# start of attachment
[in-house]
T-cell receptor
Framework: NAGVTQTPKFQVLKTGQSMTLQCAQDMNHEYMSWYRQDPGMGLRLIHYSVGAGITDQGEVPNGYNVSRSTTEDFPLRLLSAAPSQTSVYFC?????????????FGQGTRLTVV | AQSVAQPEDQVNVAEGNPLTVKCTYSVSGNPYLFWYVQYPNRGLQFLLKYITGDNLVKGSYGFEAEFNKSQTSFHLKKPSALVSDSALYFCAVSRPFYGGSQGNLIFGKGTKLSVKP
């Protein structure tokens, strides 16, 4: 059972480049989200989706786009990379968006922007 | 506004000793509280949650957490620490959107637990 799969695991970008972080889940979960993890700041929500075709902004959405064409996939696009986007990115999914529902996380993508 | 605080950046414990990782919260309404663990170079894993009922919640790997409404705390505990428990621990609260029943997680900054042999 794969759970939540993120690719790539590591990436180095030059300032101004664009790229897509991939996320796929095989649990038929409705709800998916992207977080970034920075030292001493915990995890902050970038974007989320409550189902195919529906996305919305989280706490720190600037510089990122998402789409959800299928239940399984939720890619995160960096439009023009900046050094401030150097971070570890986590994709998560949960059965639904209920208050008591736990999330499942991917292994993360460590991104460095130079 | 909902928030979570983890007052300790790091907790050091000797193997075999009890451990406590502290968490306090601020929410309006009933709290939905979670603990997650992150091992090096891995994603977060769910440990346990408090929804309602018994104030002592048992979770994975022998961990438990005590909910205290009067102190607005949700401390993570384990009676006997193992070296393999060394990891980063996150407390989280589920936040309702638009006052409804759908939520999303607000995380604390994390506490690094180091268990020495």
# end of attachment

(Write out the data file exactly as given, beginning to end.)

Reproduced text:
[in-house]
T-cell receptor
Framework: NAGVTQTPKFQVLKTGQSMTLQCAQDMNHEYMSWYRQDPGMGLRLIHYSVGAGITDQGEVPNGYNVSRSTTEDFPLRLLSAAPSQTSVYFC?????????????FGQGTRLTVV | AQSVAQPEDQVNVAEGNPLTVKCTYSVSGNPYLFWYVQYPNRGLQFLLKYITGDNLVKGSYGFEAEFNKSQTSFHLKKPSALVSDSALYFCAVSRPFYGGSQGNLIFGKGTKLSVKP
């Protein structure tokens, strides 16, 4: 059972480049989200989706786009990379968006922007 | 506004000793509280949650957490620490959107637990 799969695991970008972080889940979960993890700041929500075709902004959405064409996939696009986007990115999914529902996380993508 | 605080950046414990990782919260309404663990170079894993009922919640790997409404705390505990428990621990609260029943997680900054042999 794969759970939540993120690719790539590591990436180095030059300032101004664009790229897509991939996320796929095989649990038929409705709800998916992207977080970034920075030292001493915990995890902050970038974007989320409550189902195919529906996305919305989280706490720190600037510089990122998402789409959800299928239940399984939720890619995160960096439009023009900046050094401030150097971070570890986590994709998560949960059965639904209920208050008591736990999330499942991917292994993360460590991104460095130079 | 909902928030979570983890007052300790790091907790050091000797193997075999009890451990406590502290968490306090601020929410309006009933709290939905979670603990997650992150091992090096891995994603977060769910440990346990408090929804309602018994104030002592048992979770994975022998961990438990005590909910205290009067102190607005949700401390993570384990009676006997193992070296393999060394990891980063996150407390989280589920936040309702638009006052409804759908939520999303607000995380604390994390506490690094180091268990020495």